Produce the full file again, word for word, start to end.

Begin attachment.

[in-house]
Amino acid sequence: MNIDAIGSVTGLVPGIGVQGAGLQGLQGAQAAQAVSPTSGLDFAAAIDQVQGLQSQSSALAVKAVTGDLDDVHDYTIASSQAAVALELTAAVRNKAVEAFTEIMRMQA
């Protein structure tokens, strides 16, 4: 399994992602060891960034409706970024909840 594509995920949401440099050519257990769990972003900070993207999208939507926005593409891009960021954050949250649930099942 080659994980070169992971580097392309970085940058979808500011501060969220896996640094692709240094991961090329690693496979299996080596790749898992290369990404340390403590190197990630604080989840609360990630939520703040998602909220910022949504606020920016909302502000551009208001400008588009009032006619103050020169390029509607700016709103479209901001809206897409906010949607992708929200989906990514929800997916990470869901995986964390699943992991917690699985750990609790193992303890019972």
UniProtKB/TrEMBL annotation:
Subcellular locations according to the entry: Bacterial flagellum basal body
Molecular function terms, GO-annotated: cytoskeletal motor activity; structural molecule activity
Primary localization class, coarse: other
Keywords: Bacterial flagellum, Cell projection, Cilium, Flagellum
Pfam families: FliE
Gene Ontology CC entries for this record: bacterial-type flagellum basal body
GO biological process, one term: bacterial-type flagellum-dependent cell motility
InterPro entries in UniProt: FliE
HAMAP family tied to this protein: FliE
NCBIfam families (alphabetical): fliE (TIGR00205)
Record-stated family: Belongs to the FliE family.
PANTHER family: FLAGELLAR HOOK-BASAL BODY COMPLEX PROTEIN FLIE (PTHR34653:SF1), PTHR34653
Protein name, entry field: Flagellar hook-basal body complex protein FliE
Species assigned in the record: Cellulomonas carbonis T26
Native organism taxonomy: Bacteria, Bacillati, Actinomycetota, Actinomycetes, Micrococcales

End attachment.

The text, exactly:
[in-house]
Amino acid sequence: MNIDAIGSVTGLVPGIGVQGAGLQGLQGAQAAQAVSPTSGLDFAAAIDQVQGLQSQSSALAVKAVTGDLDDVHDYTIASSQAAVALELTAAVRNKAVEAFTEIMRMQA
């Protein structure tokens, strides 16, 4: 399994992602060891960034409706970024909840 594509995920949401440099050519257990769990972003900070993207999208939507926005593409891009960021954050949250649930099942 080659994980070169992971580097392309970085940058979808500011501060969220896996640094692709240094991961090329690693496979299996080596790749898992290369990404340390403590190197990630604080989840609360990630939520703040998602909220910022949504606020920016909302502000551009208001400008588009009032006619103050020169390029509607700016709103479209901001809206897409906010949607992708929200989906990514929800997916990470869901995986964390699943992991917690699985750990609790193992303890019972």
UniProtKB/TrEMBL annotation:
Subcellular locations according to the entry: Bacterial flagellum basal body
Molecular function terms, GO-annotated: cytoskeletal motor activity; structural molecule activity
Primary localization class, coarse: other
Keywords: Bacterial flagellum, Cell projection, Cilium, Flagellum
Pfam families: FliE
Gene Ontology CC entries for this record: bacterial-type flagellum basal body
GO biological process, one term: bacterial-type flagellum-dependent cell motility
InterPro entries in UniProt: FliE
HAMAP family tied to this protein: FliE
NCBIfam families (alphabetical): fliE (TIGR00205)
Record-stated family: Belongs to the FliE family.
PANTHER family: FLAGELLAR HOOK-BASAL BODY COMPLEX PROTEIN FLIE (PTHR34653:SF1), PTHR34653
Protein name, entry field: Flagellar hook-basal body complex protein FliE
Species assigned in the record: Cellulomonas carbonis T26
Native organism taxonomy: Bacteria, Bacillati, Actinomycetota, Actinomycetes, Micrococcales